The European Union is considering introducing a mandatory ban on the use of Huawei equipment in its 5G networks. The move is in response to growing concerns in Brussels about the security risks posed by the Chinese company, which has been accused by the US of being a criminal enterprise that has stolen from US companies, violated sanctions against North Korea and made false statements to the FBI.
The EU had previously issued recommendations to exclude high-risk vendors from technology investments, but only a third of EU countries had banned Huawei from critical parts of the bloc’s 5G communications. Thierry Breton, EU internal market commissioner, warned that the lack of action by member states exposed the union’s collective security.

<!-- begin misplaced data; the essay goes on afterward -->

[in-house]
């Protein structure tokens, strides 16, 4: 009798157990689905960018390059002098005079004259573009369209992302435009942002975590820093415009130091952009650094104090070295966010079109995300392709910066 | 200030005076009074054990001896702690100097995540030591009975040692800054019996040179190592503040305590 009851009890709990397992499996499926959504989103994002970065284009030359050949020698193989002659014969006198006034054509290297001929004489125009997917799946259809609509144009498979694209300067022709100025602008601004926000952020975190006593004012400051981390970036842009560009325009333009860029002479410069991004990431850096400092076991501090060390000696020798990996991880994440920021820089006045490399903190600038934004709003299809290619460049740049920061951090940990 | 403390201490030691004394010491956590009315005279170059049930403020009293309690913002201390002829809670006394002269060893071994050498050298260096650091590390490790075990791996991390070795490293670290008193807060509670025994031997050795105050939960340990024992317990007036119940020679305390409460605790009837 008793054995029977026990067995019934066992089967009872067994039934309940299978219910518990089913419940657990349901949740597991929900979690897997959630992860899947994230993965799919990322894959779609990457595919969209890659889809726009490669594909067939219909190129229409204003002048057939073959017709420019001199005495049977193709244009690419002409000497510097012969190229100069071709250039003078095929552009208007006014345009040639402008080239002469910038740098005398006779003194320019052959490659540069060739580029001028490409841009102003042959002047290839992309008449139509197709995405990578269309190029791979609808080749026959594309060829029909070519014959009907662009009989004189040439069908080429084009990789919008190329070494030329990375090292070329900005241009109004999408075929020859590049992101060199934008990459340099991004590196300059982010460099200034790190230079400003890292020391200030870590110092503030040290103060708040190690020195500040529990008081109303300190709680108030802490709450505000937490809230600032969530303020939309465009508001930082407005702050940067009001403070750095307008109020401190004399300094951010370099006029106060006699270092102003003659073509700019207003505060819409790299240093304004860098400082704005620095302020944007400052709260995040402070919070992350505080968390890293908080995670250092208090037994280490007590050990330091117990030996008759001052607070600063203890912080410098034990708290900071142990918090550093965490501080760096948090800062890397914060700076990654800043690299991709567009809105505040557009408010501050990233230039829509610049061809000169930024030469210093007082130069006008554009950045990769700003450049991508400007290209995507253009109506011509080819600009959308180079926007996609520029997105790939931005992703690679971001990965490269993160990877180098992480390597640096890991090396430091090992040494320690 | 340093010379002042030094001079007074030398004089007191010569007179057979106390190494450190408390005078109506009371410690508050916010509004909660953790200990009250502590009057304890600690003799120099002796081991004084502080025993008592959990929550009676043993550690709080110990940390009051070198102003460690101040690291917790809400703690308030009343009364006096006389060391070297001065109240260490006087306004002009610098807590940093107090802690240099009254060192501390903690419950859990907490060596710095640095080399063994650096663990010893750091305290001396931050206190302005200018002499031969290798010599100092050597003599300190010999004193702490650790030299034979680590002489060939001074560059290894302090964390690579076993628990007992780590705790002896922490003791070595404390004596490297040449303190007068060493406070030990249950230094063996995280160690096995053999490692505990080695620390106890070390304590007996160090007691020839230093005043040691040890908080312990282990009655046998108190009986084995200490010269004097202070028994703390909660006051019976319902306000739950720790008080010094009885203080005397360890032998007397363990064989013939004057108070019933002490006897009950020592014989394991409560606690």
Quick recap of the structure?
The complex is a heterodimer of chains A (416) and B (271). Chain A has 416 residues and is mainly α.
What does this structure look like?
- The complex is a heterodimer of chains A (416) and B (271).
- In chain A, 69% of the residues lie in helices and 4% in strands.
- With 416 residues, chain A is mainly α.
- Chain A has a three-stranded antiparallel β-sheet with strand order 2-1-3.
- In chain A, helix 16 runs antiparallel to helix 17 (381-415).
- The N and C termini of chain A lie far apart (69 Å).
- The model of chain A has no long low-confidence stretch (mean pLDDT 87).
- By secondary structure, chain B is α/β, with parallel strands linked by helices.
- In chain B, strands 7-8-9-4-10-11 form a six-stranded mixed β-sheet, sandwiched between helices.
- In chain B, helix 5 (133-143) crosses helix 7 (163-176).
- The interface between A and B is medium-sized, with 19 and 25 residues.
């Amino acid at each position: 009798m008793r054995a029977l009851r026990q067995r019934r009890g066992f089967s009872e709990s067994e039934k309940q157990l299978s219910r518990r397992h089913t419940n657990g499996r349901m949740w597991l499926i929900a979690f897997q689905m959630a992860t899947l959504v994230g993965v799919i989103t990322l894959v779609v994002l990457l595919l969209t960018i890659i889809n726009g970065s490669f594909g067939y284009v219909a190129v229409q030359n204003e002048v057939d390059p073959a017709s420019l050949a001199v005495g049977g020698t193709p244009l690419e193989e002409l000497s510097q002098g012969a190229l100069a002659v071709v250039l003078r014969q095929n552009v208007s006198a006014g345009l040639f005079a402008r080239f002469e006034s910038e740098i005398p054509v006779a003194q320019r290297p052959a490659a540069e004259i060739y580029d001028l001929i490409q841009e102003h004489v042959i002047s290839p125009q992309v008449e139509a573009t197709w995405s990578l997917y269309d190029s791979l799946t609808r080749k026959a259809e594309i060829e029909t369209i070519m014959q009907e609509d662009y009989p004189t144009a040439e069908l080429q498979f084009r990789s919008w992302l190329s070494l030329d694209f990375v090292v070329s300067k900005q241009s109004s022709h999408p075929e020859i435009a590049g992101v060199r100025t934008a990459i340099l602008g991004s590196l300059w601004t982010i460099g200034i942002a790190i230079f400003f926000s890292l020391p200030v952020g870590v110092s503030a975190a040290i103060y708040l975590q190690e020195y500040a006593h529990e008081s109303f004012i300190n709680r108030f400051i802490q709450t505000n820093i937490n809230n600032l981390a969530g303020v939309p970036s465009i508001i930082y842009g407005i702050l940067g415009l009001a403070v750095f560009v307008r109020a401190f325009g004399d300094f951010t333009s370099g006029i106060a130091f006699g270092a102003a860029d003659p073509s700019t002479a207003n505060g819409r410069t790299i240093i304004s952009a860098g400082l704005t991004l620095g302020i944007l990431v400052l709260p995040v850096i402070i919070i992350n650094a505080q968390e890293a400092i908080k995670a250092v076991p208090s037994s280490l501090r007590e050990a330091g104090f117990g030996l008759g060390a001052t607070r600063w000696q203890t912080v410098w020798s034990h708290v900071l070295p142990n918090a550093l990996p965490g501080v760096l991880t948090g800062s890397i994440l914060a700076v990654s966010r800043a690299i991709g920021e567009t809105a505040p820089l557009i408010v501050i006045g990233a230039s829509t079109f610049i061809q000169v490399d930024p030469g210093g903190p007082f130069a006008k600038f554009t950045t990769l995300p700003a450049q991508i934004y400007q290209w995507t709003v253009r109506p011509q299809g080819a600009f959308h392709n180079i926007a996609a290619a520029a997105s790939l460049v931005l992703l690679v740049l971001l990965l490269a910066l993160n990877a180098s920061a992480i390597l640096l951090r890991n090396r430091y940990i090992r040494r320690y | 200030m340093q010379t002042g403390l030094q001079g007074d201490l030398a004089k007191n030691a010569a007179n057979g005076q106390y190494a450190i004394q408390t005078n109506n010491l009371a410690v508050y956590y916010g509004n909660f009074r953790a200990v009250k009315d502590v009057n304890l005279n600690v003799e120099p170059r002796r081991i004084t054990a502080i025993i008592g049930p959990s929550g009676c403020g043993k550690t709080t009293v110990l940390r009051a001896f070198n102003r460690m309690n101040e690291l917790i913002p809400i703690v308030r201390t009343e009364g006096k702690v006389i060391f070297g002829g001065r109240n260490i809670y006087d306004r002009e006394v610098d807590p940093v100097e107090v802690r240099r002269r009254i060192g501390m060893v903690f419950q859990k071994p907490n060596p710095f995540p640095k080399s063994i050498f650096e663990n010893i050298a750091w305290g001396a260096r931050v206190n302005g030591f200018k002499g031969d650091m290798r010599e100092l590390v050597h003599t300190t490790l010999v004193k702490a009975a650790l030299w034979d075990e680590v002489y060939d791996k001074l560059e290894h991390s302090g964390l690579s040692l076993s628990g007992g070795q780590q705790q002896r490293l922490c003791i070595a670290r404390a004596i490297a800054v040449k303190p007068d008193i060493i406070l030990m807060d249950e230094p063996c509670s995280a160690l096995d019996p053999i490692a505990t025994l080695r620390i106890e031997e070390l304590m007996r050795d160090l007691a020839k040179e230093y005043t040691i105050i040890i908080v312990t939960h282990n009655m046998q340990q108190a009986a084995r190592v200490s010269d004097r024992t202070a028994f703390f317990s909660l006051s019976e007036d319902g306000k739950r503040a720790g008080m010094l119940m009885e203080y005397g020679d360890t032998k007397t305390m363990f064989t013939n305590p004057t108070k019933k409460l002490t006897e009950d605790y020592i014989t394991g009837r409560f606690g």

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The ban would require the backing of the European parliament and member states, and is unlikely to come before the end of the current European Commission’s term in 2024. Huawei said it opposed politicising cyber security evaluation and that no court had ever found that it had engaged in malicious intellectual property theft or required it to pay damages for infringement on others’ intellectual property.